about this problem might initiate’ corrective actions, such as renewed attempts to socialize people or to gain commitment to the intervention.

Indicators of Institutionalization:

Institutionalization is not an all-or-nothing concept but reflects degrees of persistence of an intervention. Figure 37 shows five indicators of the extent of an intervention’s persistence. The extent to which the following factors arc present or absent: indicates the degree of Institutionalization 1.


. This involves the extent to which organization members have knowledge of the behaviors associated with an intervention, it is concerned with whether members know enough to perform the behaviors and to recognize the consequences of that performance. For example, job enrichment includes a number of new behaviors, such as performing a greater variety of tasks, analyzing information about task performance, and making decisions about work methods and plans. 2.


. This is concerned with the degree to which intervention behaviors are actually performed. It may be measured by counting the proportion of relevant people performing the behaviors. For example, 60 percent of the employees in a particular work unit might be performing the job enrichment behaviors described above. Another measure of performance is the frequency with which the new behaviors are performed. In assessing frequency, it is important to account for different variations of the same essential behavior, as well as highly institutionalized behaviors that need to be performed only infrequently. 3.


. This involves the degree to which organization members privately accept the organizational changes. This contrasts with acceptance based primarily organizational sanctions or group pressures. Private acceptance usually is reflected in people’s positive attitudes toward the changes and can be measured by the direction and intensity of those attitudes across the members of the work unit receiving the intervention. For example, a questionnaire assessing members’ perceptions of a job enrichment program might show that most employees have a strong positive attitude toward making decisions, analyzing feedback, and performing a variety of tasks. 4.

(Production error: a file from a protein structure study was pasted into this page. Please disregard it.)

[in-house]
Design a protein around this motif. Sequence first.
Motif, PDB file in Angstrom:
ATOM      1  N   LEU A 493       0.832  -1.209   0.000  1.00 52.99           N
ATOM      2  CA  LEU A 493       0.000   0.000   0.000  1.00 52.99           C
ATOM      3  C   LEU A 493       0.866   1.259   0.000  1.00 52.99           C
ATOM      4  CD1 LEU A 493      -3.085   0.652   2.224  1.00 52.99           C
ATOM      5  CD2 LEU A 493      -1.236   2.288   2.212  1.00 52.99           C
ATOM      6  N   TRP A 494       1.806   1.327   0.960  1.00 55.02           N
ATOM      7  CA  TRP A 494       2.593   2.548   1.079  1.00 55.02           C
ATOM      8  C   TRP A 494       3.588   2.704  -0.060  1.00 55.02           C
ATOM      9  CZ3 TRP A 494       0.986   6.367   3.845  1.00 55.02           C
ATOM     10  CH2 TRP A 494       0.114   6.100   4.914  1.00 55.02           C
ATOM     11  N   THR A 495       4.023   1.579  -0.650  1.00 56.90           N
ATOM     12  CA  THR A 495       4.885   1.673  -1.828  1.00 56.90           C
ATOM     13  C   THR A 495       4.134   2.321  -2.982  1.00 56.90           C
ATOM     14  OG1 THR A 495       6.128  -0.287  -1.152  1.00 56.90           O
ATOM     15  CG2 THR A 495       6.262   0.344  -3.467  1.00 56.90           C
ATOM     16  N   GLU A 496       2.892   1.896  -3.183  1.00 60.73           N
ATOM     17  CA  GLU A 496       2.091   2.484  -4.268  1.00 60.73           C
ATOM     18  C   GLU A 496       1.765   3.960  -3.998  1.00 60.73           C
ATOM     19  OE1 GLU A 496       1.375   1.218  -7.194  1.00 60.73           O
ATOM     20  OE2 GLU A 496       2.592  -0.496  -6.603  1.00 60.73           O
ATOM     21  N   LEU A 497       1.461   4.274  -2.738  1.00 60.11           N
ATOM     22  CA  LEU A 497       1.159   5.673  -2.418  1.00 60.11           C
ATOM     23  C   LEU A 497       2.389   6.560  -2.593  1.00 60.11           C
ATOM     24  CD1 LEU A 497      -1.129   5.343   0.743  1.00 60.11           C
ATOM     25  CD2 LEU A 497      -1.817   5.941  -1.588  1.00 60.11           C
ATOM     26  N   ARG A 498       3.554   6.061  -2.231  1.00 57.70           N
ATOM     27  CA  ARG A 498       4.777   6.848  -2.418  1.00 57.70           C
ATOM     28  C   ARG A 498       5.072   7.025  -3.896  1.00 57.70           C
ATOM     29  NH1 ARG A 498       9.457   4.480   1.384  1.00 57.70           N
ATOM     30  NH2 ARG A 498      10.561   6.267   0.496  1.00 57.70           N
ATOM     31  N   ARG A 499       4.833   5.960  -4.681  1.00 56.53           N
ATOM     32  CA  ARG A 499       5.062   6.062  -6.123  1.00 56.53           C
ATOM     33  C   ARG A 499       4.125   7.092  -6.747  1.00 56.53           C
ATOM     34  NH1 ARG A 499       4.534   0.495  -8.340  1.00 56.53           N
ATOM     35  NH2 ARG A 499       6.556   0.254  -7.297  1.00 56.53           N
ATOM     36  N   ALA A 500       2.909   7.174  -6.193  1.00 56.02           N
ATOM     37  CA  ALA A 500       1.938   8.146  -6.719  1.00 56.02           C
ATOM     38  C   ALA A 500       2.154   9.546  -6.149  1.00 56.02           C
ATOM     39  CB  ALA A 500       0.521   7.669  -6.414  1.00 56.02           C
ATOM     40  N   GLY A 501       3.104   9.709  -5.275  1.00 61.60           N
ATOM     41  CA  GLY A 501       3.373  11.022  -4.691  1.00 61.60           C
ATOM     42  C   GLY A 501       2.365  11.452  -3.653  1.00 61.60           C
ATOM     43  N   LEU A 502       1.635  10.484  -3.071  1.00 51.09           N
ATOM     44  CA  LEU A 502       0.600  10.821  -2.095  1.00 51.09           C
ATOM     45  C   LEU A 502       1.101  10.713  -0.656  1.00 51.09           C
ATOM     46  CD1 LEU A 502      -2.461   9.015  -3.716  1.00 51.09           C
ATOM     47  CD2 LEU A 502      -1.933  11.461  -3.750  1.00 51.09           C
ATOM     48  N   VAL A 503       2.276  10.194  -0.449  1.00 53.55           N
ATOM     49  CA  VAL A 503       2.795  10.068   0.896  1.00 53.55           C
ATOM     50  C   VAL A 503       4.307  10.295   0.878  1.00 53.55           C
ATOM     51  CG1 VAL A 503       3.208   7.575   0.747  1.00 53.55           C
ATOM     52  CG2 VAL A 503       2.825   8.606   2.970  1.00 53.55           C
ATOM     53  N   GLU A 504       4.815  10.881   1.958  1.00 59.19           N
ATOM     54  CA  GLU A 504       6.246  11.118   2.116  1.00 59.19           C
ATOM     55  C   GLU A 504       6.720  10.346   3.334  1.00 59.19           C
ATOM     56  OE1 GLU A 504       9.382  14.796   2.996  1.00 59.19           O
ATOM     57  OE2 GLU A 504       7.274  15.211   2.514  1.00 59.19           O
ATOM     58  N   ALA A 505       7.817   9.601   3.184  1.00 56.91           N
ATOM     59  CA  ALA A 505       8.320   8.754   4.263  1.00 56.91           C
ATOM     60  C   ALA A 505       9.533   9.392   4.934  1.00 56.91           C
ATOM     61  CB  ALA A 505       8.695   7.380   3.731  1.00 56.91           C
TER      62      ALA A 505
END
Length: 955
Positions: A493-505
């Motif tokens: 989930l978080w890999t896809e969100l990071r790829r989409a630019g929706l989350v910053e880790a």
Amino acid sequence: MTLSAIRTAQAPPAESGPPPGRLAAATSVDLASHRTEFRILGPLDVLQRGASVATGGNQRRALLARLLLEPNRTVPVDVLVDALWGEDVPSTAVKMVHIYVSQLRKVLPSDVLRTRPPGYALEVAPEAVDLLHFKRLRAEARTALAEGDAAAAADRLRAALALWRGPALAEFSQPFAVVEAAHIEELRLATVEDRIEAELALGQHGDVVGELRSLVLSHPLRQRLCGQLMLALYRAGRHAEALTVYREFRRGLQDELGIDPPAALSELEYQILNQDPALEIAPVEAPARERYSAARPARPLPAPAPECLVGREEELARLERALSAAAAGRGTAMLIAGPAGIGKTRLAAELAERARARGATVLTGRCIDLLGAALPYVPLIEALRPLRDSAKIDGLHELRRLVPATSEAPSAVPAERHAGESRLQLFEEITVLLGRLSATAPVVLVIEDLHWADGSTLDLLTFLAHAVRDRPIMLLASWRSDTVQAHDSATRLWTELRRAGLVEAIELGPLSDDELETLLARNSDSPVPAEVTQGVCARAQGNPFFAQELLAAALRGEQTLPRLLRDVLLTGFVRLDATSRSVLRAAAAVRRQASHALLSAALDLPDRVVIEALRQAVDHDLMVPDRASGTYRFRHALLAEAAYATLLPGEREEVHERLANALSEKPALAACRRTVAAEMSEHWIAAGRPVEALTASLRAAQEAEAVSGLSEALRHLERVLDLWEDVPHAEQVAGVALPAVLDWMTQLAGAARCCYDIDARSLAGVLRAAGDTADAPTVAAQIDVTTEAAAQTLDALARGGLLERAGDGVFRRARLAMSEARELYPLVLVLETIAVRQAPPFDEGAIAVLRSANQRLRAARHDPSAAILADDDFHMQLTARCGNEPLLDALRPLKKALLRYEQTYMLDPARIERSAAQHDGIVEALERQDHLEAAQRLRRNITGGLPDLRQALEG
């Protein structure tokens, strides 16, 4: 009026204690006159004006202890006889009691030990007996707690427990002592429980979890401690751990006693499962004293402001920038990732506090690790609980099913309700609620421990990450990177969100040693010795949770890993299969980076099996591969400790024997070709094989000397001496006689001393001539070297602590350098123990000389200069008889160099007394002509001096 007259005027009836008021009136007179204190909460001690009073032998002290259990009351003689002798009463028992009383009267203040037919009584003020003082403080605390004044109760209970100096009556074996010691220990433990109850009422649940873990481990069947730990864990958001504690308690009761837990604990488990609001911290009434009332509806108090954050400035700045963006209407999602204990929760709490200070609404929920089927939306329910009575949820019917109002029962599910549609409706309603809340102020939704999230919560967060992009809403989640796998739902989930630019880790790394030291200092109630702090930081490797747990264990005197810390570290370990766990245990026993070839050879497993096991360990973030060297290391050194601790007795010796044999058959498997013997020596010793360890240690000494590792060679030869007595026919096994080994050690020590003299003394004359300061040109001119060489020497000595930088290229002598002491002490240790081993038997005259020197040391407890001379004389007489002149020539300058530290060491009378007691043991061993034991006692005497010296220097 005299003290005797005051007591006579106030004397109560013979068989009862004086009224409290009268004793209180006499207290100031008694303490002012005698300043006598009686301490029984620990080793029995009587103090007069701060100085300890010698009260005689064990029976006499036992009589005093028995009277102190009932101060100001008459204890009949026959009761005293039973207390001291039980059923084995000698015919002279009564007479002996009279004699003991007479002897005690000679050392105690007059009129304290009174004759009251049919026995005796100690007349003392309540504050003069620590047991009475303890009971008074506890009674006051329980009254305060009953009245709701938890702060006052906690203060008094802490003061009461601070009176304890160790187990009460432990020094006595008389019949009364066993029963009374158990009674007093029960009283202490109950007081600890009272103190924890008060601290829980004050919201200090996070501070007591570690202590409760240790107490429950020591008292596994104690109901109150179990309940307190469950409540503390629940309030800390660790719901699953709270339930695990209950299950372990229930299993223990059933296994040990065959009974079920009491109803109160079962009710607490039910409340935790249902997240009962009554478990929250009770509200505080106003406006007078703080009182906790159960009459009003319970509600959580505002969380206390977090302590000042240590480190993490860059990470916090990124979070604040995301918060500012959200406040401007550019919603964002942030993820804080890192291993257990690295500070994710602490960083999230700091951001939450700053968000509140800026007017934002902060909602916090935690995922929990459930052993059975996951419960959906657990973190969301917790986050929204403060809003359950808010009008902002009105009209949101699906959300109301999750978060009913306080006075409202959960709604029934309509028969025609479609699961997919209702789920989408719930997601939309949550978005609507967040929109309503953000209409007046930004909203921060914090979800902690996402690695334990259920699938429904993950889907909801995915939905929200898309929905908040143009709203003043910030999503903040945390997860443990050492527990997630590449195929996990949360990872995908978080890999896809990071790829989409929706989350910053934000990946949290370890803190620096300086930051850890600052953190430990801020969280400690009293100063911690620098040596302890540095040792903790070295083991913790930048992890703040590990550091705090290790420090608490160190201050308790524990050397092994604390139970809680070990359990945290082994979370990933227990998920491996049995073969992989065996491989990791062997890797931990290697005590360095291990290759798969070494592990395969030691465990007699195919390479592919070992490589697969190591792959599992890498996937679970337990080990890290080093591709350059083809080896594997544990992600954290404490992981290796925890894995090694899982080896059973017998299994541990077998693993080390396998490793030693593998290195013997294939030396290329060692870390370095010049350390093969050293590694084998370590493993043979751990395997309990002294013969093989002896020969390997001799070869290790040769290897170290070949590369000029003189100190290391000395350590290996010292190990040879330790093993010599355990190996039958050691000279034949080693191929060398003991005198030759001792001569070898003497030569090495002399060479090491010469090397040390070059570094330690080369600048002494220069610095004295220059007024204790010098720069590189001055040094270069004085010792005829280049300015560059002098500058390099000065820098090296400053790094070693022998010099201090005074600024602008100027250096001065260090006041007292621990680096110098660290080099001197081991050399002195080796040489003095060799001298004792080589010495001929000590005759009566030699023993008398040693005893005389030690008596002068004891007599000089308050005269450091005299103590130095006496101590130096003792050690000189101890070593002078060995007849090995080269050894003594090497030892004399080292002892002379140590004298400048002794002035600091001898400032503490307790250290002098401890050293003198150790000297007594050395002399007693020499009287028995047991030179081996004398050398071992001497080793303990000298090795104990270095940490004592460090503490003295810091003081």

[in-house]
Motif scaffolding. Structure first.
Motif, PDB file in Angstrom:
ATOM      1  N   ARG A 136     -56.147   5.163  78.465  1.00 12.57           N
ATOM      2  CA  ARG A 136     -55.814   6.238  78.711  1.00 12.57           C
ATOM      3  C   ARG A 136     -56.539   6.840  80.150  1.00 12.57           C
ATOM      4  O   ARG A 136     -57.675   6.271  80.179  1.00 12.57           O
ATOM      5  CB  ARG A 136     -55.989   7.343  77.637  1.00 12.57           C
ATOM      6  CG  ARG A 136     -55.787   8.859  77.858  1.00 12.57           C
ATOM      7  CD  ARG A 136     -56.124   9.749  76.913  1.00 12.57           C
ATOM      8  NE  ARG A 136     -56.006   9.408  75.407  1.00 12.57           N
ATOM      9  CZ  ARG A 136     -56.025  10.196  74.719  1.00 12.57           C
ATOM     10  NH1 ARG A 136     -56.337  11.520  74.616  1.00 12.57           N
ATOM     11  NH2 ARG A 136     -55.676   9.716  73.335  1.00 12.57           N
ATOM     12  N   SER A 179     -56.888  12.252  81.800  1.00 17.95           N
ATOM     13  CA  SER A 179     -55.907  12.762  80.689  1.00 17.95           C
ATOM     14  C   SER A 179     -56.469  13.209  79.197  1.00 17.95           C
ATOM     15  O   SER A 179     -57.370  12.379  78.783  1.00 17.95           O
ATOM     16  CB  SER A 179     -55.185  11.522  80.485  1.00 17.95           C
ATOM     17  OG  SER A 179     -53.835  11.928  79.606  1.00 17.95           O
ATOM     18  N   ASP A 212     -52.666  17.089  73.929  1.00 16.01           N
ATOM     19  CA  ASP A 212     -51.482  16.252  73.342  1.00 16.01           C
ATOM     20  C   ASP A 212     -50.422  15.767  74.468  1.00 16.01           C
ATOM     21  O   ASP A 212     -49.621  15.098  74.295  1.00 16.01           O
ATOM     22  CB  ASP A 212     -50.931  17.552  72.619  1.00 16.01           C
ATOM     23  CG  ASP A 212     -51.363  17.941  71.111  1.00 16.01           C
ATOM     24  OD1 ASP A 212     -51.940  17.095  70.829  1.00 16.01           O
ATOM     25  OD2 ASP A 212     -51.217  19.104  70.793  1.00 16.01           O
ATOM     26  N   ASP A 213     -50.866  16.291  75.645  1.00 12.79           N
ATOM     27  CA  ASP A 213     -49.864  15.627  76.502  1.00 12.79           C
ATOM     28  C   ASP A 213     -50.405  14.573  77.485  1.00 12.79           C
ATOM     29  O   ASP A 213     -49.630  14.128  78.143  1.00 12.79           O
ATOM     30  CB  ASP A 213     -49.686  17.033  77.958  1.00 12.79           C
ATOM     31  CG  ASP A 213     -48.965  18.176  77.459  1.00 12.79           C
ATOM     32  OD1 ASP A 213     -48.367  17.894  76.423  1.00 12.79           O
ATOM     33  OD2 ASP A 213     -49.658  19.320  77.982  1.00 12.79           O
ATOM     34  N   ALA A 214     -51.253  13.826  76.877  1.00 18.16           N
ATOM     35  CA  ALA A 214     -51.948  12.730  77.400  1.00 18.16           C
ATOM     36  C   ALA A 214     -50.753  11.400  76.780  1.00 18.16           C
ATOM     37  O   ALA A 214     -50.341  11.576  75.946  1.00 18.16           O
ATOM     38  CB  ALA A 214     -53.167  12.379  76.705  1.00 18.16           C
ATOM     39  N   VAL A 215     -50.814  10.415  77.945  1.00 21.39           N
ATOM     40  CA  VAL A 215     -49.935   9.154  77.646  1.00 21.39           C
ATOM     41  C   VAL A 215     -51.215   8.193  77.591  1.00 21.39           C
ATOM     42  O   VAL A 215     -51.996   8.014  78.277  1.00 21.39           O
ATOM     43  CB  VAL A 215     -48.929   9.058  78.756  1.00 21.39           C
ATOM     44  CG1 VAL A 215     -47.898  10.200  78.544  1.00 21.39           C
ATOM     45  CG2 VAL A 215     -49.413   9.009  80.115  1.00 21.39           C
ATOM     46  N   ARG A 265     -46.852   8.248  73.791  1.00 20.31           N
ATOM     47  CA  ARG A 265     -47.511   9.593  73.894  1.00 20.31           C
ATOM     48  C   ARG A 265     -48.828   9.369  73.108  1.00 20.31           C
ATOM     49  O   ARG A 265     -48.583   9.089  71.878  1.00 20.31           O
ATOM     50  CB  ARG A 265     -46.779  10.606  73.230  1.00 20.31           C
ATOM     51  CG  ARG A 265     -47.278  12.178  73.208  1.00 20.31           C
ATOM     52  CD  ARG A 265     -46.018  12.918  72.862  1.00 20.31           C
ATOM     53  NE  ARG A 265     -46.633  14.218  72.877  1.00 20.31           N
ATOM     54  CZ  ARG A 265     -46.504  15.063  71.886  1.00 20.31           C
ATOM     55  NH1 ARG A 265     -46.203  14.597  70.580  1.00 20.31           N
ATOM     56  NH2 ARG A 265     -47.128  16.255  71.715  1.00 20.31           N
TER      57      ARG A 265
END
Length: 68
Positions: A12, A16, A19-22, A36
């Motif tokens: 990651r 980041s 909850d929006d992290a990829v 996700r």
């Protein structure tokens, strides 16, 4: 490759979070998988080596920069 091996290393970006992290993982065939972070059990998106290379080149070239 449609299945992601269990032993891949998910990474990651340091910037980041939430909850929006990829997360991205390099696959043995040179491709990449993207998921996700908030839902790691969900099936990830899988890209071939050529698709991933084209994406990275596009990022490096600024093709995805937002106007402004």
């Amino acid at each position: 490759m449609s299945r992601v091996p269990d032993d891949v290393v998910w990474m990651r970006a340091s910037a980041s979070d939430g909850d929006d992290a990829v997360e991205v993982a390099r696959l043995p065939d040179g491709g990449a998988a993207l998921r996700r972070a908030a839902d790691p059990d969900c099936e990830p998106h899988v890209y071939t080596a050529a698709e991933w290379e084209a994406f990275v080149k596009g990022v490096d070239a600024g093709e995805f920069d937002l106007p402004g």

Normative consensus

. This focuses on the extent to which people agree about the appropriateness of the organizational changes. This indicator of institutionalization reflects how fully changes have become part of the normative structure of the organization. Changes persist to the degree members feel that they should support them. For example, a job enrichment program would become institutionalized to the extent that employees support it and see it as appropriate to organizational functioning. 5.

Value consensus

. This is concerned with social consensus on values relevant to the organizational changes. Values are beliefs about how people ought or ought not to behave. They are abstractions from more specific norms. Job enrichment, for example, is based on values promoting employee self-control and responsibility. Different behaviors associated with job enrichment, such as making decision and performing a variety of tasks, would persist to the extent that employees widely share values of self-control and responsibility. These five indicators can be used to assess the level of institutionalization of an OD intervention. The more the indicators are present in a situation, the higher will be the degree of institutionalization. Further; these factors seem to follow a specific development order: knowledge, performance, preferences, norms, and values. People must first understand flew behaviors or changes before they can perform them effectively. Such performance generates rewards and punishments, which in time affect people’s preferences. As many individuals come to prefer the changes, normative consensus about their appropriateness develops. Finally, if there is normative agreement about the changes reflecting a particular set of values, over time there should be some consensus on those values among organization members. Given this developmental view of institutionalization, it is implicit that whenever one of the last indicators is present, all the previous ones are automatically included as well. For example, if employees normatively agree with the behaviors associated with job enrichment, then they also have knowledge about the behaviors, can perform them effectively, and prefer them. An OD intervention is fully institutionalized only when all five factors are present.